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Page:The Works of Lord Byron (ed. Coleridge, Prothero) - Volume 3.djvu/117

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THE GIAOUR.





No breath of air to break the wave
That rolls below the Athenian's grave,
That tomb[1] which, gleaming o'er the cliff,
First greets the homeward-veering skiff
High o'er the land he saved in vain;
When shall such Hero live again?

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  1. A tomb above the rocks on the promontory, by some supposed the sepulchre of Themistocles.

    ["There are," says Cumberland, in his Observer, "a few lines by Plato upon the tomb of Themistocles, which have a turn of elegant and pathetic simplicity in them, that deserves a better translation than I can give—

    "'By the sea's margin, on the watery strand,
    Thy monument, Themistocles, shall stand:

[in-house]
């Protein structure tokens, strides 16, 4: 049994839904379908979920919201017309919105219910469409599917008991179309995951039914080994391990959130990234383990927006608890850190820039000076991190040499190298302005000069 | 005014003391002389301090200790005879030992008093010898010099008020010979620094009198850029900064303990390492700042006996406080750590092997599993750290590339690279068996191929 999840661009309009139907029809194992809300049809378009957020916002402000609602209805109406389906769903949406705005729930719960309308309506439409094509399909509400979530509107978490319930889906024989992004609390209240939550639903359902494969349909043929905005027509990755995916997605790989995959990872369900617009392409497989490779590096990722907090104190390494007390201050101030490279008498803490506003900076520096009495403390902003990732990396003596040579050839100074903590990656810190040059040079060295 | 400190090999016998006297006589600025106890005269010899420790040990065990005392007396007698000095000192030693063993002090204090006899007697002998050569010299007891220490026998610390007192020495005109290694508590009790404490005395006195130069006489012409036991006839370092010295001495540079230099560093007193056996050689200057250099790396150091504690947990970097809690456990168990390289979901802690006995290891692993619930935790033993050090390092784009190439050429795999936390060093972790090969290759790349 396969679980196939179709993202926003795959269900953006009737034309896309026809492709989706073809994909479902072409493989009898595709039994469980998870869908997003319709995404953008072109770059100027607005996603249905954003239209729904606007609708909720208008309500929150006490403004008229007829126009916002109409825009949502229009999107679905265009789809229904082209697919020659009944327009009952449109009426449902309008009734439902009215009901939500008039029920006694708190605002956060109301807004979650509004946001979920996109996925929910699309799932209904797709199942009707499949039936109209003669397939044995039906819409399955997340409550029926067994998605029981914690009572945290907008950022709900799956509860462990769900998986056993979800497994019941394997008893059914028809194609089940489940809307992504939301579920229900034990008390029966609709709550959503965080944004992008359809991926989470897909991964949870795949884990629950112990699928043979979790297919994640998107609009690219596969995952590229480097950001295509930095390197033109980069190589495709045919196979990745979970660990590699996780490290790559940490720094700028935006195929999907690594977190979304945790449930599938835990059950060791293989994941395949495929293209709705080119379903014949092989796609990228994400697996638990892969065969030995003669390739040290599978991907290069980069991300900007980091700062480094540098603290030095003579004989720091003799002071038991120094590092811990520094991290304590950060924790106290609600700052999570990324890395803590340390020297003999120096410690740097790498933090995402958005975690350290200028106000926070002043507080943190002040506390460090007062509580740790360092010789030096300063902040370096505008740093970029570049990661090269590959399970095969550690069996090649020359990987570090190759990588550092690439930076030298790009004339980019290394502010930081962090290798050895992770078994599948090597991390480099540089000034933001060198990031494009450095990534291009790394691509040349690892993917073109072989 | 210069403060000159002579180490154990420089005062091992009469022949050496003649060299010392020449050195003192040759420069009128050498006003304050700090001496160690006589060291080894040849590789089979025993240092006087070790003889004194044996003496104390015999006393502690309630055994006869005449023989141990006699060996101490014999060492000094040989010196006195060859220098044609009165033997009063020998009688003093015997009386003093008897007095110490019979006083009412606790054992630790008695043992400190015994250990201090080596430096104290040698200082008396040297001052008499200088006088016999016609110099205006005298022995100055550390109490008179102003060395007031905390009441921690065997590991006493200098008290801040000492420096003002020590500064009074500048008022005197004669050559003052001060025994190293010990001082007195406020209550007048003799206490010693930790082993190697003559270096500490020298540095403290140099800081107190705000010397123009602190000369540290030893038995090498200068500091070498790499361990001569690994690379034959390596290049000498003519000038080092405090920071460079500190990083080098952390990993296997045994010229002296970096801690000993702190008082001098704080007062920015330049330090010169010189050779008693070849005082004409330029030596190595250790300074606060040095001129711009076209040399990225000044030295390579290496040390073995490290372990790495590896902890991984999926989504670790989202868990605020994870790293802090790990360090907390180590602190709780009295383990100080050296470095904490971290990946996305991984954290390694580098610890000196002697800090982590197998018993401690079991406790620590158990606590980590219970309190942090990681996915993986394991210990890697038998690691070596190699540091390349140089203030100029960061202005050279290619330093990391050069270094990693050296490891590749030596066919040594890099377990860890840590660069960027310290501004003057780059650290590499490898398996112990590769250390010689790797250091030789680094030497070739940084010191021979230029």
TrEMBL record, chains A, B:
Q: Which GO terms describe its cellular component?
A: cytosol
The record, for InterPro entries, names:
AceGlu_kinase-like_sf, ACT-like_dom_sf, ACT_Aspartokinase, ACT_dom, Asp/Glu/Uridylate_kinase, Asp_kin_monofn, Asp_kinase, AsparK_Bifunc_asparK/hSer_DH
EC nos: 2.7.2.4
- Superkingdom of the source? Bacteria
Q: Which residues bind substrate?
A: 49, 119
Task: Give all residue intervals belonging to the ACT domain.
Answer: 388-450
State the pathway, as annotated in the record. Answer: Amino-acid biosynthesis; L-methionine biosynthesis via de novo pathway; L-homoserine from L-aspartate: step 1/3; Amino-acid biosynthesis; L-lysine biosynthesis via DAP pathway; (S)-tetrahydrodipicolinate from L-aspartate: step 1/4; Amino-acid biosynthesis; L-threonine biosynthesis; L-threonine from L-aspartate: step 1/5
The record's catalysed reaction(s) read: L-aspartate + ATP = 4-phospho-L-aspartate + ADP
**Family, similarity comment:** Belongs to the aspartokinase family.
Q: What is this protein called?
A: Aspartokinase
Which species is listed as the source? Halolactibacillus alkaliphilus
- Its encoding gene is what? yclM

By this directed to thy native shore,
    The merchant shall convey his freighted store;
    And when our fleets arc summoned to the fight
    Athens shall conquer with thy tomb in sight.'"

    Note to Edition 1832.

    The traditional site of the tomb of Themistocles, "a rock-hewn grave on the very margin of the sea generally covered with water," adjoins the lighthouse, which stands on the westernmost promontory of the Piræus, some three quarters of a mile from the entrance to the harbour. Plutarch, in his Themistocles (cap. xxxii.), is at pains to describe the exact site of the "altar-like tomb," and quotes the passage from Plato (the comic poet, B.C. 428-389) which Cumberland paraphrases. Byron and Hobhouse "made the complete circuit of the peninsula of Munychia," January 18, 1810.—Travels in Albania, 1858, i. 317, 318.]